Saturday, January 14, 2017

Suddenly You by Lisa Kleypas



I read this book for the Unapologetic Romance Readers' New Years 2017 Reading Challenge. For more info about what this is, click here.

I've been wanting to read this standalone by Lisa Kleypas for a while now. One, it's a standalone, so I don't have to worry about acquiring the rest of the must-have series; and two, it's about a heroine who is a writer and a hero who is a publisher, and there's plenty of delightful book chatter, which I love.

I finally finished the book today (weekend!), and it was a solid addition to Kleypas's already considerable repertoire. Set in the very last year of the regency era (1836), SUDDENLY YOU starts off with Amanda Briars, who is not very happy about being single, alone, and thirty (although not necessarily in that order). Her unusual profession, a litany of family sorrows, and unfashionable figure have prevented her from landing a match the way her sisters have, so when we first meet her she is consulting a madam in a brothel about having a male prostitute delivered to her house for her thirtieth birthday. At the last moment, she decides to renege, little knowing that the surprised man who greets her on her porch that day is anything but a prostitute.

Jack Devlin is probably one of the better romance heroes I've read this year. He's the alpha hero done correctly - strong, capable, possessive, and charming, but not psychotic, and willing to yield to the heroine, ask for consent, and give her space when necessarily. The romantic scenes between Amanda and Jack were awesome...although incredibly numerous. My friend sraxe pointed out that the last half of the book actually got a little boring because there was so much sex crammed into it, and I agree; SUDDENLY YOU has way more sex in it than any other Kleypas book I've read to date.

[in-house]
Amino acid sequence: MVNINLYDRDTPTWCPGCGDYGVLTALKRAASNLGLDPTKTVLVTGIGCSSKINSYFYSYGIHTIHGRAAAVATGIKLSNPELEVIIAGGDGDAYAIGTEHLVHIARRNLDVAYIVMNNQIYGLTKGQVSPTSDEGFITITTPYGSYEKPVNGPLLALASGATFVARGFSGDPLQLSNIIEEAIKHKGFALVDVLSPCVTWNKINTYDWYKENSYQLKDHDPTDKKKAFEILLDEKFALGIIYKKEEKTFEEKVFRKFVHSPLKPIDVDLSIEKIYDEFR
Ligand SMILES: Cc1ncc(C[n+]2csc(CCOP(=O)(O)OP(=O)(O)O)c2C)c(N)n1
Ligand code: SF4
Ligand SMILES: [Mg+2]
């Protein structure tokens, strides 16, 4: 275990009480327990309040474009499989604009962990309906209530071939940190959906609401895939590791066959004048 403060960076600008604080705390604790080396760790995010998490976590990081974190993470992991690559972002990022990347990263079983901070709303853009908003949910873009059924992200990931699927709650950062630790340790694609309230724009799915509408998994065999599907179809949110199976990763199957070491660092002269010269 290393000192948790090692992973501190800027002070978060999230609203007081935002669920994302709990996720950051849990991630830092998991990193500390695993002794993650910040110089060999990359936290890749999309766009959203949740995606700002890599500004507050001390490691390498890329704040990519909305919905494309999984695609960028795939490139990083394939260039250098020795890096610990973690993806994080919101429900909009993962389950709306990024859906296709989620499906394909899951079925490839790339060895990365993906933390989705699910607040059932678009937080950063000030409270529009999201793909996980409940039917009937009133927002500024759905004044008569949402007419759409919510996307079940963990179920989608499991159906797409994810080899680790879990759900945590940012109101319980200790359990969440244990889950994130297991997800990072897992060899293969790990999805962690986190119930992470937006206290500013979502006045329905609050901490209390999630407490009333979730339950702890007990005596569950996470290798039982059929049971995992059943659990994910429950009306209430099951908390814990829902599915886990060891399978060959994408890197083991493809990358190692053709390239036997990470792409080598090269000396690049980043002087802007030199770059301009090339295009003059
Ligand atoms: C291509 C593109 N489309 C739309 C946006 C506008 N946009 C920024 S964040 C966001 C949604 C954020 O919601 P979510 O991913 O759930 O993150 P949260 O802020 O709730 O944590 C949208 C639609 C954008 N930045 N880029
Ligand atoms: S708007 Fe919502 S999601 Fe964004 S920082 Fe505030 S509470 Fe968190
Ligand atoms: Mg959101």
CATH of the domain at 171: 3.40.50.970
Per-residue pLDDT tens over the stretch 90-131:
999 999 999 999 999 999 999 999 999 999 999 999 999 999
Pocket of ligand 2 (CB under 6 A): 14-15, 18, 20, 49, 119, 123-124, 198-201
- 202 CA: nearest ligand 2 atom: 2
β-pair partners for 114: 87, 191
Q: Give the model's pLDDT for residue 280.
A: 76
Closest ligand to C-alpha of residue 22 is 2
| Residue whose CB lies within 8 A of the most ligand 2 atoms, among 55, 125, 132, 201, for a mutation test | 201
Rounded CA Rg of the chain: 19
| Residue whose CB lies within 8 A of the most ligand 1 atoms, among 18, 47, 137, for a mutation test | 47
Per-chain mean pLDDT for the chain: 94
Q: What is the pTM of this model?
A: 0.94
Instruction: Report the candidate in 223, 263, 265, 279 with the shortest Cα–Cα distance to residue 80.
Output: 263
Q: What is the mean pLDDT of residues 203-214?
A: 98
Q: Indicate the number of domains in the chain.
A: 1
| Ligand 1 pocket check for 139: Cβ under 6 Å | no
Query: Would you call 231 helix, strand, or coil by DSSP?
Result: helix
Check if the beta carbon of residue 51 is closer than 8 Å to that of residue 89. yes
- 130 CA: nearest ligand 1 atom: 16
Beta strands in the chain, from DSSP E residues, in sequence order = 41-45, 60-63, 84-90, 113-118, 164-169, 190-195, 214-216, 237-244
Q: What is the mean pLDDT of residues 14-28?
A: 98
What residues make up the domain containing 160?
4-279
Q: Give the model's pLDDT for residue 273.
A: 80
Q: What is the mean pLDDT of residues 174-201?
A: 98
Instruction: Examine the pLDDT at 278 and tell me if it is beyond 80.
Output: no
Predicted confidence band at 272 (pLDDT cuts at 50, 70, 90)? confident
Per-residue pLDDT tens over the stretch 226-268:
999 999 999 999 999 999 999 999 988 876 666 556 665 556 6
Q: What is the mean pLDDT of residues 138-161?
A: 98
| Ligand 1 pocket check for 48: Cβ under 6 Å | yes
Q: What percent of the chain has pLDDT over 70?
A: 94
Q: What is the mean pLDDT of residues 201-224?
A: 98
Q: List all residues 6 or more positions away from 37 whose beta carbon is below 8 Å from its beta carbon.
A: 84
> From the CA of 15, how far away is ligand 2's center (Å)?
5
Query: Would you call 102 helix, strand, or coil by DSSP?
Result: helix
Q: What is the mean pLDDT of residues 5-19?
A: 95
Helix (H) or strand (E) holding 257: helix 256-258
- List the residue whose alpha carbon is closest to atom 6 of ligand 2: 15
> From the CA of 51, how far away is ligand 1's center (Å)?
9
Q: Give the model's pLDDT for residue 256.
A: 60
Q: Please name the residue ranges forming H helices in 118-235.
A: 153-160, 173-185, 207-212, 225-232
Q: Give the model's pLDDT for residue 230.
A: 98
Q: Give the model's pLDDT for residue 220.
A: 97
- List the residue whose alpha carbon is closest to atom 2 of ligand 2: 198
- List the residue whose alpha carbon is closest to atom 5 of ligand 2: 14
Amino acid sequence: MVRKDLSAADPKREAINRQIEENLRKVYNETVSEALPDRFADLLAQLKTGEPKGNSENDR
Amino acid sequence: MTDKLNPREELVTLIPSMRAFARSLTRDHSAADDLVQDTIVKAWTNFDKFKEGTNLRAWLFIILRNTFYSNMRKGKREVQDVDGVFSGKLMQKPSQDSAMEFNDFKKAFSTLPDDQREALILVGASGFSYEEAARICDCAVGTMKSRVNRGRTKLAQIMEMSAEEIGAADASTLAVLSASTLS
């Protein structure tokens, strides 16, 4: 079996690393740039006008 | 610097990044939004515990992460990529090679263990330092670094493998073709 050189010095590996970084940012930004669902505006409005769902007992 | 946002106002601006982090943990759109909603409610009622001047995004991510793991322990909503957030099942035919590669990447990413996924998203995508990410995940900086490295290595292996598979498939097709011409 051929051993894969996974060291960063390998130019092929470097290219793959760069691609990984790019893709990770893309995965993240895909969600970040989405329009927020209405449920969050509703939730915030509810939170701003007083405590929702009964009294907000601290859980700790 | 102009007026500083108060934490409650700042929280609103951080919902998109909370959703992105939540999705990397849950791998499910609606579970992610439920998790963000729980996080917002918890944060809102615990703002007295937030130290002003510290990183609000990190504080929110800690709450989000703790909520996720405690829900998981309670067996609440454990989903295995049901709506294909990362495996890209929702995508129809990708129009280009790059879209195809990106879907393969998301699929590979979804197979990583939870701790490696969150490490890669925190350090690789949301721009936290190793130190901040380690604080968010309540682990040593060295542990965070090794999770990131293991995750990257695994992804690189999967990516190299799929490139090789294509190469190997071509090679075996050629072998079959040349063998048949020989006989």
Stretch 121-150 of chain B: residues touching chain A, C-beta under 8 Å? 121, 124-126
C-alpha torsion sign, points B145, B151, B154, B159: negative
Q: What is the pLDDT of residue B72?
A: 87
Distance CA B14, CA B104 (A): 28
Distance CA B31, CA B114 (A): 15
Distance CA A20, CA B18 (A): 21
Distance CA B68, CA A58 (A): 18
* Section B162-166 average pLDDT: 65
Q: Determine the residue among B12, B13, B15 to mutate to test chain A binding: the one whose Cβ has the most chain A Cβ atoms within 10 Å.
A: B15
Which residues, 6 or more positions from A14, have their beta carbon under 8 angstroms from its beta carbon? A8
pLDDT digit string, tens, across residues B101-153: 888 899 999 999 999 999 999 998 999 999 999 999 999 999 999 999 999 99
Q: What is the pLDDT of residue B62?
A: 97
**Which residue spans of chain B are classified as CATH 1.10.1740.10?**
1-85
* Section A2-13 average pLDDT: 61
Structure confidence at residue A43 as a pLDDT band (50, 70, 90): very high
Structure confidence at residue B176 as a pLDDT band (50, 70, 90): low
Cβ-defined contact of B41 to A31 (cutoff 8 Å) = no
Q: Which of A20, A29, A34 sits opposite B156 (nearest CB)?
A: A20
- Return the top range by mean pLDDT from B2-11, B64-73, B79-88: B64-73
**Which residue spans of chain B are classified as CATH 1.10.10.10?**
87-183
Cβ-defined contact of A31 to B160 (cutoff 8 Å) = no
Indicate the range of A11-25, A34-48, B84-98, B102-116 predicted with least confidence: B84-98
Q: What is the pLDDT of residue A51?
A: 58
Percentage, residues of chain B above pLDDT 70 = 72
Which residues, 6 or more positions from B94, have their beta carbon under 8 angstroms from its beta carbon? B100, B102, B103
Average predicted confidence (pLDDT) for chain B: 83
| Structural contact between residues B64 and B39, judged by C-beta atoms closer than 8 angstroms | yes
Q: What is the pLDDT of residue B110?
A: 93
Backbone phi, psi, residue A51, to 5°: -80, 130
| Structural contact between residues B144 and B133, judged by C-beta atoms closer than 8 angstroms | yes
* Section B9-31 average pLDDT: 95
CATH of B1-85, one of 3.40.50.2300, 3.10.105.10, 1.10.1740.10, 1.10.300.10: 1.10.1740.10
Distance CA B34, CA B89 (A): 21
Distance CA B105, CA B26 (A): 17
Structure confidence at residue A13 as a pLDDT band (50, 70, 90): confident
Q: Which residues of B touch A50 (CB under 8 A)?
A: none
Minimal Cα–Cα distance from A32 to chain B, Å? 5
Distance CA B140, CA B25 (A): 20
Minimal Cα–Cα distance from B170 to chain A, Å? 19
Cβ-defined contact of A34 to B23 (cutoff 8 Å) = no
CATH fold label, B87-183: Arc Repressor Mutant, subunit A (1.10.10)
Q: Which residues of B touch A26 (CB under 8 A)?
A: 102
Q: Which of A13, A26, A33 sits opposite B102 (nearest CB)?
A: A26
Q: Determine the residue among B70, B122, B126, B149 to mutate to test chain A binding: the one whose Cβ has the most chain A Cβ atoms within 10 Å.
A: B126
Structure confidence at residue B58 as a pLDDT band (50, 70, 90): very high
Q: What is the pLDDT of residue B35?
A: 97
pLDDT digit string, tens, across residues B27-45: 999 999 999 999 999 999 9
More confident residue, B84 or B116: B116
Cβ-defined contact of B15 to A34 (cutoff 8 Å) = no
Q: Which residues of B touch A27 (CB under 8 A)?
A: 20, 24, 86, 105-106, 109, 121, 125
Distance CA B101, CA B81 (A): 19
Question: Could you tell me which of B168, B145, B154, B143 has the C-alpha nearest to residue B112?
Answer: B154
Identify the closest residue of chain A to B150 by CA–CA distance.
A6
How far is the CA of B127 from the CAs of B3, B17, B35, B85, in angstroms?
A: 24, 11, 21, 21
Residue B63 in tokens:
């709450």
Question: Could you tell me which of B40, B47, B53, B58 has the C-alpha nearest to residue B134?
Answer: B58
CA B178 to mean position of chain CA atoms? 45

And as much as I wanted to like Amanda's character, her constant put-downs of herself were wearing after a while. It made me sad, because some people are that insecure, and I liked how the love of a good man just didn't instantly fix that and make her think that she was a love goddess, but it was annoying to read about nonstop about how Amanda thought she was too heavy and too short, over and over. I also didn't like how she reacted to a traumatic event at the end. Said traumatic event was thrown in without warning towards the end of the book and seemed like a last-ditch attempt for drama. Amanda reacts in an insecure fashion, and puts Jack through the emotional wringer.

SUDDENLY YOU is still a decent read, though. The book chatter was wonderful, and I almost wish that some of the sex scenes had been cut out to expand on the glittering Regency publishing world. There were so many interesting characters in SUDDENLY who were introduced only fleetingly. That said, Jack was awesome, and probably this book's saving grace. If you enjoy books about books, older heroines, and kind alphas, you will probably enjoy SUDDENLY - especially if you like erotica, too.

3 out of 5 stars.

No comments:

Post a Comment